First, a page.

We briefly looked at static analysis in Parts 3,4 & 5 and that's what you should read first if you want an introduction. However, that was with Linux as the base OS and the programs that we chose were just to give us a feel about how high level code (mainly control structures) would look in a debugger. In this series we're trying to study malware; which primarily affects Windows systems (for whatever reason ;)) and understand all its functionality - even those bits which aren't necessarily exposed when we initially run it. So for e.g there might be some malware which performs keylogging in the background; but wouldn't necessarily have a button called "Start Keylogger after 5 minutes".. so dynamic analysis might might miss it. But proper static analysis won't.. it'll take longer to identify stuff - of course but you will eventually find it.
Now we're almost always only going to have a single executable to analyze. We will almost certainly NOT have any source code available. If you did, the process of reverse engineering would be much simpler; you would only have to study the syntax for that particular language carefully and you would reach a conclusion about what that malware did, much much quicker. Since we have only the EXE and no code - we'll have to try and reconstruct code in some way and then draww our conclusions.
That's where a disassembler comes in. There's plenty of stuff available about disassemblers online; you can read up on them in detail if you're interested. However for the purpose of this article; its enough to mention that a DA just takes the EXE; opens it; and converts it into assembly language so its easier for you to read. After all its easier for you to understand an assembly language instruction rather than a lot of alphanumeric data joined together :). Have a look at an example: What would you say if you saw something like "EB 27" and told that it had some meaning? What would you then say if you were told there were 1,00,000 such lines and you needed to find out the meaning of each of those and find out what the malware did at the end of all of it? Not too much fun if you ask me. What a disassembler does is simply convert "EB 27" into an assembly instruction which will say "JMP 27 bits forward" from where you currently are. It'll do it for all 1,00,000 lines. So you need to look at assembly instructions instead of plain alphanumeric gibberish. Clearer? But yes, its still 1,00,000 lines. If you think its no big deal, just wait till you start reversing :)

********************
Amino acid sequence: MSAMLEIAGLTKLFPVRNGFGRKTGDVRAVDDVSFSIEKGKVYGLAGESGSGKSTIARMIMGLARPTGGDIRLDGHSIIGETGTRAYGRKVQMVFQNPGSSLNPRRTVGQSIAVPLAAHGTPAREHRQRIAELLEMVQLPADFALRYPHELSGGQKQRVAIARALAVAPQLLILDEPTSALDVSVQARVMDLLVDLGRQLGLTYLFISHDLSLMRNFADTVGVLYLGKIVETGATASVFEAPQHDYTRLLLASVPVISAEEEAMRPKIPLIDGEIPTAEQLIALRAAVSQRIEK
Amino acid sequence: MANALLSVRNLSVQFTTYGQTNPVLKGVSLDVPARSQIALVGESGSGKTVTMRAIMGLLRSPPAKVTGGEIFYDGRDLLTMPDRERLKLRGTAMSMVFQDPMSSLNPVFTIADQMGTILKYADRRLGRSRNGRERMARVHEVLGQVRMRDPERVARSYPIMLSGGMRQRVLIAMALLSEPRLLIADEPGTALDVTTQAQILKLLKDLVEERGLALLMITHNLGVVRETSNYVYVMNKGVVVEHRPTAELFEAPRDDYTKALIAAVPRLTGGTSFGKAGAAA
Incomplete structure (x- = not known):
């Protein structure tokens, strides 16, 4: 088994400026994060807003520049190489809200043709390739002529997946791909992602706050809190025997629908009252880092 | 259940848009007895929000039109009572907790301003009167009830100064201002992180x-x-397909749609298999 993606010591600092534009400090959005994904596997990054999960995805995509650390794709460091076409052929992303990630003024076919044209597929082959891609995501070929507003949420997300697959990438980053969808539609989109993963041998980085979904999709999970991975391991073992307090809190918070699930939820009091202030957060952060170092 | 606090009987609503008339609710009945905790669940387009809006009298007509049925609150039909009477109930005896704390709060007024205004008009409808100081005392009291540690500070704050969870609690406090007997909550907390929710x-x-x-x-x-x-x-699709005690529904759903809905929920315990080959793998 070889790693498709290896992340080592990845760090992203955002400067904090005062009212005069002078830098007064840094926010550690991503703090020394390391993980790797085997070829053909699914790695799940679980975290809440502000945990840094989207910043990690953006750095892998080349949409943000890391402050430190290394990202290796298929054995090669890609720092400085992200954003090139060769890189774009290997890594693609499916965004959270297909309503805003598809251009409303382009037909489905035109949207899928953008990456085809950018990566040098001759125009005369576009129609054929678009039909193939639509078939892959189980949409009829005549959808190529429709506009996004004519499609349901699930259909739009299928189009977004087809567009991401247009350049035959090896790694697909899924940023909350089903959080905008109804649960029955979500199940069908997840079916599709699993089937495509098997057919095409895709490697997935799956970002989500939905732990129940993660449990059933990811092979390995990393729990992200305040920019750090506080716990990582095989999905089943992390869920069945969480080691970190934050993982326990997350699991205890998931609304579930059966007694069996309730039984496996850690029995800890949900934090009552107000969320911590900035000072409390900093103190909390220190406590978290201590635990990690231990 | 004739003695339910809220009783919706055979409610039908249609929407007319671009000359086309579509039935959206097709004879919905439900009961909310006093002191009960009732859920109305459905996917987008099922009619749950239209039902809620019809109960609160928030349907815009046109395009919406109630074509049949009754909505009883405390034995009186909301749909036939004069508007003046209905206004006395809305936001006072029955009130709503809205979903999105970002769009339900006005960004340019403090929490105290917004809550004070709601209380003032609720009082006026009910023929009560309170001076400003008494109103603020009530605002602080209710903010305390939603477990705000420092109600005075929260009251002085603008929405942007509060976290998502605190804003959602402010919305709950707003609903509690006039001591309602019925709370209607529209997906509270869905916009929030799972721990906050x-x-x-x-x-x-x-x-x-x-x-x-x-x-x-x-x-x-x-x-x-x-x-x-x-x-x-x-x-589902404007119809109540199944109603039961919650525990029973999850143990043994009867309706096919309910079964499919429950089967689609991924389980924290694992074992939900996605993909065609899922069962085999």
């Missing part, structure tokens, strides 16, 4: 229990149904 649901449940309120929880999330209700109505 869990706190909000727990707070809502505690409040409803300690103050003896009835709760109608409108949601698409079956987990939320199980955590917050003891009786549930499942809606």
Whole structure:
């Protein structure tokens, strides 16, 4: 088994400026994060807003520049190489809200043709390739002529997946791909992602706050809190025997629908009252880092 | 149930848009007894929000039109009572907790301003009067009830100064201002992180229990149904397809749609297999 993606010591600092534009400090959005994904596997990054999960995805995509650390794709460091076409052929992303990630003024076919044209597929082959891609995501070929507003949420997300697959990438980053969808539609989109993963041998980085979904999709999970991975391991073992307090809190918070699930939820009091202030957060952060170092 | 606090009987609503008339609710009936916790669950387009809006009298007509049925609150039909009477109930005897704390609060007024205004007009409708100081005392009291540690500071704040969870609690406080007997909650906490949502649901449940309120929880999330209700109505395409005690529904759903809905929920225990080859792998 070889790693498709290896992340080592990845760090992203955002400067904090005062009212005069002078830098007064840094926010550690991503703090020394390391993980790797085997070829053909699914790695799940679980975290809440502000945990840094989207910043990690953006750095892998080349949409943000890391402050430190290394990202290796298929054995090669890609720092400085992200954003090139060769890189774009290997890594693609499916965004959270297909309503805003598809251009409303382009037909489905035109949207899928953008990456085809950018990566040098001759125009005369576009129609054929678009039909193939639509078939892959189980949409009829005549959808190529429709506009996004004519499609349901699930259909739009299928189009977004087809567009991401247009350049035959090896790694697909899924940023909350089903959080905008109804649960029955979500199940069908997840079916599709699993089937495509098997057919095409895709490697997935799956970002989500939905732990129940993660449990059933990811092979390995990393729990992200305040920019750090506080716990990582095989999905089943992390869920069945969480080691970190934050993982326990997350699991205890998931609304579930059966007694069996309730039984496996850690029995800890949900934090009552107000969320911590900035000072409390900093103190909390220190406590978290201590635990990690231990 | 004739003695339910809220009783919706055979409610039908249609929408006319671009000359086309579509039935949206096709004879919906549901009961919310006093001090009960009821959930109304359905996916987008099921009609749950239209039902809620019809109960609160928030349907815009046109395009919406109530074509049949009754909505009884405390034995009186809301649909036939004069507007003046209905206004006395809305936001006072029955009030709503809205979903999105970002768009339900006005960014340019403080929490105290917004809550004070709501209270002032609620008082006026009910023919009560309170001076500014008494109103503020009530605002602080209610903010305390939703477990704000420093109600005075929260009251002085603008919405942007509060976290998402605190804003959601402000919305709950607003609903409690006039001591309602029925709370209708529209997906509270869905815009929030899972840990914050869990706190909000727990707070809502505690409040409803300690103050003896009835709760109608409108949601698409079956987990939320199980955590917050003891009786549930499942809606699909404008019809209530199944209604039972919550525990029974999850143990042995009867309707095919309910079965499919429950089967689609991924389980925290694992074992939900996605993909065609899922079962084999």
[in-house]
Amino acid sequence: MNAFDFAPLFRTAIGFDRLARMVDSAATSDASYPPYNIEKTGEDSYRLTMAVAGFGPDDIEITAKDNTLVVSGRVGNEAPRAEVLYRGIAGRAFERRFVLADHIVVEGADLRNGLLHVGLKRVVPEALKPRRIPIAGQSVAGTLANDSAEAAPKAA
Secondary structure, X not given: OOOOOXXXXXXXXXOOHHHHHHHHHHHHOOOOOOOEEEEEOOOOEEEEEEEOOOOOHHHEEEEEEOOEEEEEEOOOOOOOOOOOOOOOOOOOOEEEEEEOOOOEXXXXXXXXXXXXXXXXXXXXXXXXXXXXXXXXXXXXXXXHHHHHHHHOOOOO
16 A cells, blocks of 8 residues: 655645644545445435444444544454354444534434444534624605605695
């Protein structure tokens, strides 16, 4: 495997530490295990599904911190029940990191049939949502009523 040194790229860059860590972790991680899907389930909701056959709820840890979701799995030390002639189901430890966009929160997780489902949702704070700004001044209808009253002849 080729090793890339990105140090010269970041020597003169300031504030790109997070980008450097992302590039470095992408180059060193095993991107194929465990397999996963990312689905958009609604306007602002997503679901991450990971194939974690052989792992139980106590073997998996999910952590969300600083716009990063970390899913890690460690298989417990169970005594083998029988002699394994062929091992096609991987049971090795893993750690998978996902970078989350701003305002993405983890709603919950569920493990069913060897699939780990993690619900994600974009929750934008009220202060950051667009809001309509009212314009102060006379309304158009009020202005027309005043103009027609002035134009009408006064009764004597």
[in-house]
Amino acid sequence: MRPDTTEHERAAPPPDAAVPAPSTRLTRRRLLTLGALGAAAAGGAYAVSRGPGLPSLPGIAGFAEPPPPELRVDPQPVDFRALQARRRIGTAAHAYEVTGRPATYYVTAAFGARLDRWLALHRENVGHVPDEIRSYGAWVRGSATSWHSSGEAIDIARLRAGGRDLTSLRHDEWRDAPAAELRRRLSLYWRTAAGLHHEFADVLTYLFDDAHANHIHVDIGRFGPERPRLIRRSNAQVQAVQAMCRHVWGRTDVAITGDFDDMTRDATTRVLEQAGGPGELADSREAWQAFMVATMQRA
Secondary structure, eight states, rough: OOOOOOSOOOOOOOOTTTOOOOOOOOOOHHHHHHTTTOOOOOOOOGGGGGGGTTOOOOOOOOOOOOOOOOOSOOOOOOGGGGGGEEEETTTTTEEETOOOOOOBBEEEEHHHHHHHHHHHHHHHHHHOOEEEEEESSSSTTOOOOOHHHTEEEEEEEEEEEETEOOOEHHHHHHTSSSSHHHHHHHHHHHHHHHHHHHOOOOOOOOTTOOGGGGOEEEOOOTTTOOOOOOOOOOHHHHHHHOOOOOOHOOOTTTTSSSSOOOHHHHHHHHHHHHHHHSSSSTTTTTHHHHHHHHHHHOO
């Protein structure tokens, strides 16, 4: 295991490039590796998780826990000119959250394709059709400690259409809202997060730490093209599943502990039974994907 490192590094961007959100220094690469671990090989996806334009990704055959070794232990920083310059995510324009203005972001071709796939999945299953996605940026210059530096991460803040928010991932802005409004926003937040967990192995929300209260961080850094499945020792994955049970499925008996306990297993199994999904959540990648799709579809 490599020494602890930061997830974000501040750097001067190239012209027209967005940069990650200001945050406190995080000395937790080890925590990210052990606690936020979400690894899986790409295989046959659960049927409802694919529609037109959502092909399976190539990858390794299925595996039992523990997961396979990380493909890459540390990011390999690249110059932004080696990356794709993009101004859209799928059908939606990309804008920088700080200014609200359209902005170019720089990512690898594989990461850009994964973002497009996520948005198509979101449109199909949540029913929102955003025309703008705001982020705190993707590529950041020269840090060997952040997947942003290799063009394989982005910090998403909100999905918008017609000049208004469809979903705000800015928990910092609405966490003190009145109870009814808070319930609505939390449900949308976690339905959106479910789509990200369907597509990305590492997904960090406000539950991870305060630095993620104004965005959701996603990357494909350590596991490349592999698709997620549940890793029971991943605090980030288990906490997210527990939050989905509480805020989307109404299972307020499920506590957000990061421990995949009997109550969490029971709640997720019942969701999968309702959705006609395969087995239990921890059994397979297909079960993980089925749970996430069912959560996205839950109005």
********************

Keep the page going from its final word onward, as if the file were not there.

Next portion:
So once an EXE is loaded into a disassembler and the assembly code is completely generated its time to start trying to understand it. "Understand" in malware analysis means - 'Its time to DEBUG it'. Remember gdb in Linux? For Windows we're going to use a tool called OllyDBG which will DA and DBG the EXE. Using a debugger you can control exactly how much the malware runs. You could for e.g say 'Run only the first 10 lines of assembly code. I'll study what changes were made and then you can continue.' We're doing this, to understand exactly how the program works. Makes sense? Excellent :)
So to sum up, if we want to improve at static reverse engineering, we need to understand assembly language (at least enough so we can read code), learn how DA's and DBG's work and understand how to use our tools in the best possible way. As we move on it will become necessary to understand more and more about Windows functions, and when and why they are called. MSDN will quickly become your friend :). This is what I will recommend you read; in the order that I've mentioned: